United States District Court, D. Oregon, Portland Division
OPINION AND ORDER
Aiken United States District Judge
Michael B. brings this action pursuant to the Social Security
Act, 42 U.S.C. § 405(g), to obtain judicial review of a
final decision of the Commissioner of Social Security
("Commissioner"). The Commissioner denied
plaintiffs applications for Disability Insurance Benefits
("DIB") and Supplemental Security Income
("SSI"). For the reasons set forth below, the
Commissioner's decision is reversed and remanded for
January 2012, plaintiff applied for DIB and SSI. He alleged
disability beginning December 31, 2006, due to schizophrenia,
bipolar disorder, manic depression, PTSD, visual and auditory
problems, anger management problems, migraine headaches,
trouble sleeping, and difficulty concentrating. Plaintiffs
applications were denied initially and upon reconsideration.
On October 17, 2013, plaintiff appeared at a hearing before
an ALJ. On October 31, 2013, the ALJ issued a decision
finding plaintiff not disabled. After the Appeals Council
denied review, plaintiff filed a complaint in this Court.
10, 2016, Judge King reversed and remanded for further
proceedings. Judge King determined that the ALJ's
decision was not supported by substantial evidence for two
reasons. First, Judge King held that the ALJ had discredited
plaintiffs subjective symptom testimony without providing the
requisite clear, convincing reasons for doing so. In
particular, Judge King found that the ALJ had erred by (1)
failing to adequately address the medical evidence that
plaintiff suffers from hallucinations; (2) failing to
consider the possibility that plaintiffs mental health
symptoms may wax and wane; and (3) questioning the severity
of plaintiffs symptoms because plaintiff has not consistently
sought mental health treatment without exploring possible
explanations for that lack of treatment, including inability
to afford treatment and a possible causal relationship
between the mental illness and failure to seek treatment.
Judge King found that the ALJ had violated her duty to
develop the record and expressly found that the record was
"inadequate to adequately assess [plaintiffs] mental
impairments." Tr. 643. Judge King noted that the ALJ had
given "significant weight" to the opinion of Dr.
Dooley, a consultative physician, yet had failed to account
for the "serious symptoms" implicit in Dr.
Dooley's opinion. Tr. 644. Judge King remanded "for
further evaluation of [plaintiffs] mental impairments, to
include objective testing if necessary to fully assess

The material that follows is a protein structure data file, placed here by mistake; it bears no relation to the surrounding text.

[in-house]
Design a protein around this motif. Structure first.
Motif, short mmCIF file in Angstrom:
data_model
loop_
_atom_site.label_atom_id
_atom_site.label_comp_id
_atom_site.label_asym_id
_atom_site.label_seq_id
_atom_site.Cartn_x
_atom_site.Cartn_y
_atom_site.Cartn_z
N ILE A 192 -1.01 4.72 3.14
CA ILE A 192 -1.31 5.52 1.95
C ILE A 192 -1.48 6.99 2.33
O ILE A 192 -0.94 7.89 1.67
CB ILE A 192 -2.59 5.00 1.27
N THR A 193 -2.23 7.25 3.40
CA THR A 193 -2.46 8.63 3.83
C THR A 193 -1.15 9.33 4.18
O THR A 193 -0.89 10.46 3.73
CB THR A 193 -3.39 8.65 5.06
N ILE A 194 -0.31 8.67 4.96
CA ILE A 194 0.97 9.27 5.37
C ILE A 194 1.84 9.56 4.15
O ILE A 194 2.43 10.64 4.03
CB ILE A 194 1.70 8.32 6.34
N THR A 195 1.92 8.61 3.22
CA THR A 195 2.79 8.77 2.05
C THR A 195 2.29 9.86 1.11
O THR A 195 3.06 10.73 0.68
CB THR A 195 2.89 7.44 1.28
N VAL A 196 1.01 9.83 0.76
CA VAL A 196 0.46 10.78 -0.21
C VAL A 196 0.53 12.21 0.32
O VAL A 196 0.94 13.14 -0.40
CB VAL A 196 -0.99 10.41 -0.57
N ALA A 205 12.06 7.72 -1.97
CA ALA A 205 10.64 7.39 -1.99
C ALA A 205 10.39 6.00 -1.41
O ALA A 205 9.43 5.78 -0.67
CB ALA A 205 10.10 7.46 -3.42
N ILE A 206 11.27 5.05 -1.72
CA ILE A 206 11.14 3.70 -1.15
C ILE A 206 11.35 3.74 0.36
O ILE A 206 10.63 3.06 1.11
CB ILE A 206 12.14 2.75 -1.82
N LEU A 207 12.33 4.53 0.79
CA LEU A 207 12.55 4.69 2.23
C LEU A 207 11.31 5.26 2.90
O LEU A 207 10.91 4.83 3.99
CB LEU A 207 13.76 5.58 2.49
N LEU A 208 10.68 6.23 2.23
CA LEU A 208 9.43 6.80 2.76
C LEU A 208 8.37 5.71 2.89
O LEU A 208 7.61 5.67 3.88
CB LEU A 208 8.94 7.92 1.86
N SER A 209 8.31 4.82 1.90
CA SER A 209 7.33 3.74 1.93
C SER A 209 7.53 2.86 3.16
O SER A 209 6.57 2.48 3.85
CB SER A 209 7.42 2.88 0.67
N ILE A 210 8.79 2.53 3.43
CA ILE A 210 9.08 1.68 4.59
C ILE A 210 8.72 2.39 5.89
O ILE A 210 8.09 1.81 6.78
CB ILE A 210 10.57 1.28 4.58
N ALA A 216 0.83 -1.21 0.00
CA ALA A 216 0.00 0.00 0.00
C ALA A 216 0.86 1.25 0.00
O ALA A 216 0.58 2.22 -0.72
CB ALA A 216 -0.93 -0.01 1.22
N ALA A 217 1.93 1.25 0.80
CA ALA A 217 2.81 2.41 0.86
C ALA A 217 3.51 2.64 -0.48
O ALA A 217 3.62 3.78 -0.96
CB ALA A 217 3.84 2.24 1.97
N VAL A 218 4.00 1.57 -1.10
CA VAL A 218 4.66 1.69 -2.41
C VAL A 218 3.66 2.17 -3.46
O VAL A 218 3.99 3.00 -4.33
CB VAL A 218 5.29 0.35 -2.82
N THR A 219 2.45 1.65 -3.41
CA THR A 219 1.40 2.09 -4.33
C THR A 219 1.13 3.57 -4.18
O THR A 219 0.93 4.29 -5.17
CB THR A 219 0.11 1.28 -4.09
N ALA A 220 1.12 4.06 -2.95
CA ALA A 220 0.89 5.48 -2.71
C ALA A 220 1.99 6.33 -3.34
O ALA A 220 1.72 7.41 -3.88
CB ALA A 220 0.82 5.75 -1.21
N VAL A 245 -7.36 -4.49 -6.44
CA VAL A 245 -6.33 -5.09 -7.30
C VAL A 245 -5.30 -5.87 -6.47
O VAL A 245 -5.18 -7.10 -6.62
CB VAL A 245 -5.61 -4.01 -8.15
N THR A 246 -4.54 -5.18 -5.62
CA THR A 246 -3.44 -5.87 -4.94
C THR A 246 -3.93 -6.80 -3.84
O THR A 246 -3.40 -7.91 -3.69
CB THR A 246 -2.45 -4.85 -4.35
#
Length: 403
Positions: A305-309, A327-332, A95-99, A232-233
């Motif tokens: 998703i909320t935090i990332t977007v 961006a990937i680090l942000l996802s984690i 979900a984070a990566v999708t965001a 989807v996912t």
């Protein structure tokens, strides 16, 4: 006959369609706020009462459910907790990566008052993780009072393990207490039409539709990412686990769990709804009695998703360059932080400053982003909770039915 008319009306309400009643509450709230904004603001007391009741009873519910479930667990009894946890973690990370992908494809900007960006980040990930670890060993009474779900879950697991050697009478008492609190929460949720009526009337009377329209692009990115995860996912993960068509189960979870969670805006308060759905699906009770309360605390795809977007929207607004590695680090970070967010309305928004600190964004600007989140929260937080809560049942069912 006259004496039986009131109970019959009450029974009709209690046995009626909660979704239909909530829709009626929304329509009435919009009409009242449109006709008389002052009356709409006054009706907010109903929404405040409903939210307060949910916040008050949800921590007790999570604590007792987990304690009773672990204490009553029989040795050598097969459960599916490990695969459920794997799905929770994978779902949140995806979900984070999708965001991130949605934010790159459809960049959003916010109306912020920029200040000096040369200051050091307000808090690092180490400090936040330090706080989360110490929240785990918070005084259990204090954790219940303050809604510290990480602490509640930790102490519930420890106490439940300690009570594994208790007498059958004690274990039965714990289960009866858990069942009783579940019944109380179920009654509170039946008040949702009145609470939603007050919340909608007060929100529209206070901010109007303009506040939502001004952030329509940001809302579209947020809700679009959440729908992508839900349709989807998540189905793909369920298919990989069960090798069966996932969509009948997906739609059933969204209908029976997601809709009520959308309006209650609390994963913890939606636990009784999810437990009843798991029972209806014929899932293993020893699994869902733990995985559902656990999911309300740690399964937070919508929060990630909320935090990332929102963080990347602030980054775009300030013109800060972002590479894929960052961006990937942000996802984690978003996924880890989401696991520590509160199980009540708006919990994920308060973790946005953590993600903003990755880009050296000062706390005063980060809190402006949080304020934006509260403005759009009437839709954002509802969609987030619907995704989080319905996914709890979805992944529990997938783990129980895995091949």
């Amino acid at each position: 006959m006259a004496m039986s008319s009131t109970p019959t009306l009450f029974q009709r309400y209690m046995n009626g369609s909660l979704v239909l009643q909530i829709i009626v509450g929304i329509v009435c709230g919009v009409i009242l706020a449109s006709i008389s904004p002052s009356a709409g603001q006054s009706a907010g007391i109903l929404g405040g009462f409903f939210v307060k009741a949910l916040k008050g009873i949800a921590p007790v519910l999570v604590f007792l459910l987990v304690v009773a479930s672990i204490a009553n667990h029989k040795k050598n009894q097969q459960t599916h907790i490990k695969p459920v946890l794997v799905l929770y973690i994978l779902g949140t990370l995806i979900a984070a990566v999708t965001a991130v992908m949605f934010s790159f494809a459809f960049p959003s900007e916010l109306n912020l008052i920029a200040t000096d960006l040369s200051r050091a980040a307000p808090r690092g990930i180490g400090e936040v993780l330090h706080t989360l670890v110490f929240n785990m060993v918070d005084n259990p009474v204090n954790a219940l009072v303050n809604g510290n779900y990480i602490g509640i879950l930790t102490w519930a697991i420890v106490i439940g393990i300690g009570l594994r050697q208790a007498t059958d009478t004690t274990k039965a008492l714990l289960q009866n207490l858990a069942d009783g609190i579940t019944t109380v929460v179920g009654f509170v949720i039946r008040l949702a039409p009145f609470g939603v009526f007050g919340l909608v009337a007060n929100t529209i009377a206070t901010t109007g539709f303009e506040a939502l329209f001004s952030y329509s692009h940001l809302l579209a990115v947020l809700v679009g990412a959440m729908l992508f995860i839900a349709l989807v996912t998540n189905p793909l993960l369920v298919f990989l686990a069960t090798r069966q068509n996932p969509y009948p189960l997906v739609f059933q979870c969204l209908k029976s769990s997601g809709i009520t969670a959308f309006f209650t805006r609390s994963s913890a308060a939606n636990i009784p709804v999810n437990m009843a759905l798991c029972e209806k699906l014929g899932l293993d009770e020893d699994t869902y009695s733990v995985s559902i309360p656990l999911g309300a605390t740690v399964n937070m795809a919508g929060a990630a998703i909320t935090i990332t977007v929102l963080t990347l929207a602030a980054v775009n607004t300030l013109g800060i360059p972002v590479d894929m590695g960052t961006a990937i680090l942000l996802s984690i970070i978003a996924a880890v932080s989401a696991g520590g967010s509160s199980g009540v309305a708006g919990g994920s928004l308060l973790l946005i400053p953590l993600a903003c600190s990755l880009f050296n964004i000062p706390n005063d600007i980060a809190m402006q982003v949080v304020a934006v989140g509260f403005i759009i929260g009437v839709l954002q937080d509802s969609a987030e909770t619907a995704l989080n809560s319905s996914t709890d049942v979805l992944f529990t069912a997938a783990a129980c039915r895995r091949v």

[plaintiffs] functioning." Tr. 644.
Appeals Council issued a remand order, and the ALJ convened a
second hearing on May 9, 2017. At the hearing, plaintiffs
counsel requested a consultative examination, but the ALJ
denied that request. On June 1, 2017, the ALJ issued a second
decision, again finding plaintiff not disabled. The Appeals
Council denied review, and plaintiff now seeks judicial
district court must affirm the Commissioner's decision if
it is based upon proper legal standards and the findings are
supported by substantial evidence in the record. 42 U.S.C.
§ 405(g); Berry v. Astrue, 622 F.3d 1228, 1231
(9th Cir. 2010). "Substantial evidence is more than a
mere scintilla but less than a preponderance; it is such
relevant evidence as a reasonable mind might accept as
adequate to support a conclusion." Gutierrez v.
Comm'r of Soc. Sec, 740 F.3d 519, 522 (9th Cir.
2014) (citation and quotation marks omitted). The court must
weigh "both the evidence that supports and the evidence
that detracts from the ALJ's conclusion." Mayes
v. Massanari, 276 F.3d 453, 459 (9th Cir, 2001). If the
evidence is subject to more than one inteipretation but the
Commissioner's decision is rational, the Commissioner
must be affirmed because "the court may not substitute
its judgment for that of the Commissioner." Edlund
v. Massanari, 253 F.3d 1152, 1156 (9th Cir. 2001).
initial burden of proof rests upon the claimant to establish
disability. Howard v. Heckler, 782 F.2d 1484, 1486
(9th Cir. 1986). To meet this burden, the claimant must
demonstrate an "inability to engage in any substantial
gainful activity by reason of any medically determinable
physical or mental impairment which can be expected ... to
last for a continuous period of not less than 12
months[.]" 42 U.S.C. § 423(d)(1)(A).
Commissioner has established a five-step sequential process
for determining whether a person is disabled. Bowen v.
Yuckert, 482 U.S. 137, 140 (1987); 20 C.F.R. §
404.1520(a)(4); id. § 416.920(a)(4). At step
one, the ALJ found plaintiff had not engaged in
"substantial gainful activity" since the alleged
disability onset date. Tr. 572; 20 C.F.R. §
404.1520(a)(4)(i), (b); id. § 416.920(a)(4)(i),
(b). At step two, the ALJ found plaintiff suffers from the
severe impairments of affective disorder and personality
disorder. See 20 C.F.R. § 404.1520(a)(4)(ii),
(c); id. § 416.920(a)(4)(ii), (c).
three, the ALJ determined plaintiffs impairments, whether
considered singly or in combination, did not meet or equal
"one of the listed impairments" that the
Commissioner acknowledges are so severe as to preclude
substantial gainful activity. Tr. 573; 20 C.F.R.
§404.1520(a)(4)(iii), (d); id §
416.920(a)(4)(iii), (d). The ALJ found plaintiff retained the
residual functional capacity ("RFC")
to perform light work as defined in 20 CFR 404.1567(b) and
416.967(b) except: he can consistently maintain
concentration, persistence, and pace for simple as well as
detailed tasks, as long as the detailed tasks are not highly
complex (meaning not more than SVP 4); and he should have